The PJ Tatler

Early Numbers Suggest Tiny Enrollment for Obamacare

It was a given — as obvious as could be — that the Obama White House has hidden Obamacare’s enrollment numbers from the public because the number is embarrassing. Here’s President Obama’s signature policy, one of the most divisive laws of the past few decades. It’s disrupting millions of lives and threatens the economy, while also permanently altering the citizen’s relationship to the state. If all this was done just to insure a tiny number of Americans…

Health-care consultant Avalere Health reported Monday that 3% of the expected 2014 enrollment figure was met as of last week, or 49,100 registrants out of 1.4 million, for 12 of the 15 exchanges available in 14 states and the District of Columbia. No figures were available for California, Massachusetts and Oregon and aren’t included in the totals. Also not included are figures from, the troubled online registration system for President Obama’s health-care overhaul in 36 states.

That agrees with a WSJ report that finds about 40,000 to 50,000 enrollees, total.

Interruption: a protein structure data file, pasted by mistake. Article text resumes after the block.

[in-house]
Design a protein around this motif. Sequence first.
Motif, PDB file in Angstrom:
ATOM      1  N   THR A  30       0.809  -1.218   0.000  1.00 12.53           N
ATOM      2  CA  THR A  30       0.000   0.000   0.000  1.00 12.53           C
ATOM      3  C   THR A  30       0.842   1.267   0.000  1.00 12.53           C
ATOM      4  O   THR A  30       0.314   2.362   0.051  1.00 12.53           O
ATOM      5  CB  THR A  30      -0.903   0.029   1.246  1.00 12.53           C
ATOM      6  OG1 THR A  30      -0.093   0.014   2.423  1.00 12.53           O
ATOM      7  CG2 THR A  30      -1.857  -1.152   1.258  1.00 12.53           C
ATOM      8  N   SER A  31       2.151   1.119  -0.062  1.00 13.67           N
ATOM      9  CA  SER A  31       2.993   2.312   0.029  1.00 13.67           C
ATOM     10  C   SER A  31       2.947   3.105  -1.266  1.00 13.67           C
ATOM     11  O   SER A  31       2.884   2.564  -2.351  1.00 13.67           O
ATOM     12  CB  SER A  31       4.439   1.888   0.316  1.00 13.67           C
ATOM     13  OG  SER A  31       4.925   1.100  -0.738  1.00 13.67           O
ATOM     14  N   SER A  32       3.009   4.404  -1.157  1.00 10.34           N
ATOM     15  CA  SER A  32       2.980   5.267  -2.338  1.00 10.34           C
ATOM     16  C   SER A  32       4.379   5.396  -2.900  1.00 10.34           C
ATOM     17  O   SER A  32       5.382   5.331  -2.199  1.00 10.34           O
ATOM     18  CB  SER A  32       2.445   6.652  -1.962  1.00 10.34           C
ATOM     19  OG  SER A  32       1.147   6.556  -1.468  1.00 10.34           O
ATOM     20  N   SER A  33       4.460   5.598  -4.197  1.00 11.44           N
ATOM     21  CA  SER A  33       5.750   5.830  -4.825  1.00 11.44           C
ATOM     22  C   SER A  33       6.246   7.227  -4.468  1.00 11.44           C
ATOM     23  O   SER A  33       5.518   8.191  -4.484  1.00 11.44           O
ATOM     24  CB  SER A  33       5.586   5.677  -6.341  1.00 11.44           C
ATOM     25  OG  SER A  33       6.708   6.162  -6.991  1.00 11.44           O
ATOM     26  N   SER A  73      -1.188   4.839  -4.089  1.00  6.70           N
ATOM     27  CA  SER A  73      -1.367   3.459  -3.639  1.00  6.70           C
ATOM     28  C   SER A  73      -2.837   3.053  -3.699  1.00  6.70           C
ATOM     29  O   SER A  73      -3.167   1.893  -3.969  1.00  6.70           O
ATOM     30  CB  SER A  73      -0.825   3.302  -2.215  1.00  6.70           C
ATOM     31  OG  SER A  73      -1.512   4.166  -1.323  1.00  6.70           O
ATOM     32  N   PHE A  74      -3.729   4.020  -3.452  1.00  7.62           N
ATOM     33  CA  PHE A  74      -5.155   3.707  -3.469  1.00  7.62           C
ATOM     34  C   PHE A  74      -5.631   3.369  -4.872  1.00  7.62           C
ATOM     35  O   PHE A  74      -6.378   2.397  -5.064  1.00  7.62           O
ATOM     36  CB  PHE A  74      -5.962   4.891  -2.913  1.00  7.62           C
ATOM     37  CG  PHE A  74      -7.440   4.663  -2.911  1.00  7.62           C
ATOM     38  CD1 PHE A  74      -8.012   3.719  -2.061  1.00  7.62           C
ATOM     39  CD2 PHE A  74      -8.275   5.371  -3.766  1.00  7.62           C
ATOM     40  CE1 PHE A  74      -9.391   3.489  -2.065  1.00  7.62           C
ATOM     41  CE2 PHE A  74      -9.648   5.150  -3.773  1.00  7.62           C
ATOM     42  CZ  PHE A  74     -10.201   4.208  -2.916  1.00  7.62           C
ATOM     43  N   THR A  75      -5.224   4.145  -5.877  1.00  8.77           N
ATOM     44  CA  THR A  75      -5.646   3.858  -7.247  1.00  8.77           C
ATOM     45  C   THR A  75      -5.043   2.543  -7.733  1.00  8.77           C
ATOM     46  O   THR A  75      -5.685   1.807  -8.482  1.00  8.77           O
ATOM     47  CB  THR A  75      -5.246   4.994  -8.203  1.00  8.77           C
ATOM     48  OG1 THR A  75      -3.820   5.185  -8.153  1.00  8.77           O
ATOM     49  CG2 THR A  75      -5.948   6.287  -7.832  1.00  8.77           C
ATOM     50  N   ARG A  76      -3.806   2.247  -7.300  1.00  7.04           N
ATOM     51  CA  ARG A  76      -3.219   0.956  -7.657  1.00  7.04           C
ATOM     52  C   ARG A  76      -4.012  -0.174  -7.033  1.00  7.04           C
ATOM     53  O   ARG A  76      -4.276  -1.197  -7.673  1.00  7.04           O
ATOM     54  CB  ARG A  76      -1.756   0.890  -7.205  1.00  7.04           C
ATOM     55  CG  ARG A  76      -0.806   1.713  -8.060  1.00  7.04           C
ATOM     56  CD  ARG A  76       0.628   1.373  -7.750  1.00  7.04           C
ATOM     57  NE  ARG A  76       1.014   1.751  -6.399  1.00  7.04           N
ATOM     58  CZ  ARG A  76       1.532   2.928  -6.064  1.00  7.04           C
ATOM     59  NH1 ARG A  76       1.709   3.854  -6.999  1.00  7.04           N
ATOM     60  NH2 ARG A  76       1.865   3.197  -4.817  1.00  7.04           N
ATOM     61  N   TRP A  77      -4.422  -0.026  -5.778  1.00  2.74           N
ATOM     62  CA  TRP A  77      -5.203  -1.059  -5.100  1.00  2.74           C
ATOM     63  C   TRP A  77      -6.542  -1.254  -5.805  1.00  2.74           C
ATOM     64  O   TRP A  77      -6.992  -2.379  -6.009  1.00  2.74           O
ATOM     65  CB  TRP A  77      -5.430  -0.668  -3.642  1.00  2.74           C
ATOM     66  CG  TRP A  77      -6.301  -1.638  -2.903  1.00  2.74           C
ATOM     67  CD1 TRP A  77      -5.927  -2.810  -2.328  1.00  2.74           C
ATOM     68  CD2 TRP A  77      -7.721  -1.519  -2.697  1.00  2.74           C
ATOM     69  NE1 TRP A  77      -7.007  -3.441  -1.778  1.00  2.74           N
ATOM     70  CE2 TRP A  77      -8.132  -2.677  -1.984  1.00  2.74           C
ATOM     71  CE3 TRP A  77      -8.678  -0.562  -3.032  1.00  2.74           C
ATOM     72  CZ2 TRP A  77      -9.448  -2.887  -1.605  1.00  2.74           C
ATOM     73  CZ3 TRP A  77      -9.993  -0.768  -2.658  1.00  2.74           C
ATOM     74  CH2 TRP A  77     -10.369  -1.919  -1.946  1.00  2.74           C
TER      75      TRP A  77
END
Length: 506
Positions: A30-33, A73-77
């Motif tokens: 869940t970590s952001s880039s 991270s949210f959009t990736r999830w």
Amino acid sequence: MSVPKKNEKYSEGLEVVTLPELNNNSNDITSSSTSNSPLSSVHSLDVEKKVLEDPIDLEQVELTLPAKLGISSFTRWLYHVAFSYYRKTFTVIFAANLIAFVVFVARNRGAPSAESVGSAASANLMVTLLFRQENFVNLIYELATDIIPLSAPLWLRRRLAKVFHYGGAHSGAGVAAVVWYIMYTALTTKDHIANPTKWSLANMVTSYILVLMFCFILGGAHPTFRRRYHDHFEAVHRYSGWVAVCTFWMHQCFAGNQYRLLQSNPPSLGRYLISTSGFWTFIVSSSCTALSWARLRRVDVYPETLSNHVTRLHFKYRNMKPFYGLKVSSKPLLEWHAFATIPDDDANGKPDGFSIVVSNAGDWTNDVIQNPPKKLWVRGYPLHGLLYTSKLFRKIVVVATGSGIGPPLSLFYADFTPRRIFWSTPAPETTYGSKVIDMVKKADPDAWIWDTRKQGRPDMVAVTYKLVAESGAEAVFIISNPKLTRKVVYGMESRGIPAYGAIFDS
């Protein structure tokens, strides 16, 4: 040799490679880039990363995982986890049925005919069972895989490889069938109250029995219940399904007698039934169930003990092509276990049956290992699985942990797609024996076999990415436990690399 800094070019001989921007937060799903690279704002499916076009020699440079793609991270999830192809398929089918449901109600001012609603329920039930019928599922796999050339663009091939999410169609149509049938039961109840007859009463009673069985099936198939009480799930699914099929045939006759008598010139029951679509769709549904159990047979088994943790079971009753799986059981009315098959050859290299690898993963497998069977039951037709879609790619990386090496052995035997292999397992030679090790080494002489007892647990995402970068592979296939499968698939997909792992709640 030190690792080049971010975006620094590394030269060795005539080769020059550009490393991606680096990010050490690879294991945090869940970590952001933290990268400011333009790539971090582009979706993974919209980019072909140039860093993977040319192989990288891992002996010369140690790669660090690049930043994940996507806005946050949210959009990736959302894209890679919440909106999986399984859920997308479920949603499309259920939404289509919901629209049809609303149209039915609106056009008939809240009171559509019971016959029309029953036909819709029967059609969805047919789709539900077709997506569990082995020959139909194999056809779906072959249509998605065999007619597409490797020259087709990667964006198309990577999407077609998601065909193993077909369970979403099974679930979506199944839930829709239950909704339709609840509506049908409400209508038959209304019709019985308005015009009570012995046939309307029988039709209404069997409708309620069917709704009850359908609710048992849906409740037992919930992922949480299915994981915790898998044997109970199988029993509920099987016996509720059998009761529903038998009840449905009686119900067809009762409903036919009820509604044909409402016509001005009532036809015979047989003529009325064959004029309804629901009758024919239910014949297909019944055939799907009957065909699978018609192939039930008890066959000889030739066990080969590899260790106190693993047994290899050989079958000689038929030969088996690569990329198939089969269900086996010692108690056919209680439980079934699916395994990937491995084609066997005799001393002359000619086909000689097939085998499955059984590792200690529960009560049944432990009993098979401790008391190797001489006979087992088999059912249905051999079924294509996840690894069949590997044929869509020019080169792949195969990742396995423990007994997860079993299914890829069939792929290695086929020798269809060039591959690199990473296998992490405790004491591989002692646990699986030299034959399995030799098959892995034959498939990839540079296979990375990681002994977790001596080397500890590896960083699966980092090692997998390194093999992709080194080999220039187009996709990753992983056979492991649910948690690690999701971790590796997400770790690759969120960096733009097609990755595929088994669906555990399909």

Meanwhile far more — about 80,000 — will lose their health insurance in Louisiana alone. Nationwide, we’re looking at millions losing their health insurance just between now and then end of the year. Once the employer mandate kicks in, many more will lose their insurance and the numbers could reach around 90 million or more.

There are the promises of big government, and then there is the reality. Promise only unicorns and happy talk, then deliver division, disruption and pain.

Obamacare should kill off progressivism as a viable political force, for the simple reason that the progressive enterprise has had 60 years to plan for the moment it could finally pass some kind of health care reform, which has been its goal since the time of Truman. After all those decades and failed attempts, they get something passed and it’s a huge and indefensible mess.

But the sad fact is, Obamacare won’t kill off progressivism. On one hand too many voters support progressive politics without regard to its effects — it makes them feel good, so they support it. On the other hand, progressives as a lot tend to be arrogant and incapable of admitting when they get something wrong. Even now they’re blaming Republicans, the insurance companies, even their fellow Americans — anyone but themselves, for supporting an unqualified man who would lead an ill-considered effort to remake the economy in their image.